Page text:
Monday, November 27, 2006
Is Brad Pitt Promoting Polygamy?
I live in southern Utah, only a few miles from Hildale, Utah and Colorado City, Arizona. Recently I thought I heard shouts of joy coming from the direction of these two polygamist communities. It sounded something like “Hosanna! Praise the Lord! And thank God for Brad Pitt.”
I wasn’t surprised to hear praise for the Lord. Polygamists in general are very religious folks. However, I didn’t understand why Brad Pitt was suddenly worthy of polygamist praise. In fact, I was surprised they knew anything about Mr. Pitt. I thought his movies were probably on the list of sinful things that good polygamists avoid. But when I found the latest news concerning Pitt and Angelina Joile’s relationship, I fully understood why polygamists would embrace Brad Pitt.
I found that Pitt had this to say in a recent Esquire magazine interview:
"Angie and I will consider tying the knot when everyone else in the country who wants to be married is legally able."
Unfortunately for my neighbors, I don’t think Brad really meant “everyone.” I think he meant to say that he supports the extension of marriage rights to only one minority—the gay minority.
I could be wrong. If I am, I hope Pitt will publicly correct my error. Perhaps he could visit Colorado City to demonstrate his support for another marriage-deprived minority—the polygamist minority.
I doubt Brad will accept the challenge. I have yet to meet anyone who supports legal recognition of both gay marriage and polygamy, despite the fact that it should be clear to everyone that an argument for gay marriage is also an argument for polygamy.
Perhaps the best evidence of this linkage is found in the wording of the decision issued by the Supreme Judicial Court of Massachusetts in 2003 when it determined that gay marriage could not be prohibited in Massachusetts:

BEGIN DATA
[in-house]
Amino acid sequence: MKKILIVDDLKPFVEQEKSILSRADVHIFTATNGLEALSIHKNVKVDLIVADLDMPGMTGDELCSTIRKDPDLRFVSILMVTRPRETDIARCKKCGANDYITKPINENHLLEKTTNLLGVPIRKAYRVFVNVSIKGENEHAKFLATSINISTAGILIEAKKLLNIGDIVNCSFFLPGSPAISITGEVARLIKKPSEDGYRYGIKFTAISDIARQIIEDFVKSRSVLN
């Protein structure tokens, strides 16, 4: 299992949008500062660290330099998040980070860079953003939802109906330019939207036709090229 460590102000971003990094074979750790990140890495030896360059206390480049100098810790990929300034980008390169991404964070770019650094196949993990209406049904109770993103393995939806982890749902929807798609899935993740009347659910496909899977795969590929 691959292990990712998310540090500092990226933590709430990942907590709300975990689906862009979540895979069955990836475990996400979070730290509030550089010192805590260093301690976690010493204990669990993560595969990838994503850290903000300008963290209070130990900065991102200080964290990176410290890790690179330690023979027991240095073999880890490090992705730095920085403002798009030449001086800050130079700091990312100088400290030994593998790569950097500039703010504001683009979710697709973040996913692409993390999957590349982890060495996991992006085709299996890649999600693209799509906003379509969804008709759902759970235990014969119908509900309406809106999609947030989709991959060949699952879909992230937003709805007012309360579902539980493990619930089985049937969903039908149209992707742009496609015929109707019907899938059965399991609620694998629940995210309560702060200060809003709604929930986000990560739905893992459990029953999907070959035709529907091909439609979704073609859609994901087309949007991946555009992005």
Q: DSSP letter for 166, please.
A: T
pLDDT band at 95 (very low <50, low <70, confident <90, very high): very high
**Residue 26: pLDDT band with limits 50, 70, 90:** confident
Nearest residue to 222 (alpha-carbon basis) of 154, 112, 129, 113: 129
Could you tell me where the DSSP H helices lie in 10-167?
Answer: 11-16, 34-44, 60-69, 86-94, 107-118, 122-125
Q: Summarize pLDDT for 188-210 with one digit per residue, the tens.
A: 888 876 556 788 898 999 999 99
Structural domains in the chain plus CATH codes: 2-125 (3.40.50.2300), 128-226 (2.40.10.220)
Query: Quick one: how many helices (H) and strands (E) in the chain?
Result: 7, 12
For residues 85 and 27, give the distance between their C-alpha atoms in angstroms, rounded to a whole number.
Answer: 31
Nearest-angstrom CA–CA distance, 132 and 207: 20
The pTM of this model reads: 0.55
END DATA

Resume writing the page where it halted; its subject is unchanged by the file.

“The Massachusetts Constitution affirms the dignity and equality of all individuals. It forbids the creation of second-class citizens.”
I think there is no getting around the fact that when a court of law uses the legal terminology “equality of all individuals” and “forbids the creation of second-class citizens,” the court is establishing law that applies to all Americans, not just heterosexual and gay couples.
You might think that laws could be written to restrict marriage only to heterosexual or gay couples. But remember, courts are not writing marriage law. They are only determining if marriage law is consistent with a state constitution, or ultimately with the Constitution of the United States. I’m not going to belabor the point. But it seems incomprehensible to me that polygamy, or any other form of marriage between consenting adults, could be banned if marriage must pass an “equality of all individuals” test.
So, is Brad Pitt promoting polygamy? I don’t think so. In fact, most advocates for gay marriage go out of their way to condemn polygamy. I agree with them. Polygamy should not be legal in America.
If you agree that polygamy or other forms of multi-partner marriage between consenting adults should not be legal, I hope you recognize that it would be illogical and hypocritical to conversely support legal recognition of gay marriage. Though it’s difficult to predict the unintended consequences of most decisions, in the case of gay marriage, the unintended consequences that would follow legalization are obvious.
I hope Brad and Angie have a change of heart about “tying the knot.” Traditional marriage has been the bedrock of civil society for thousands of years. And it’s best we keep it that way. Let’s not tweak it and mess it up beyond repair.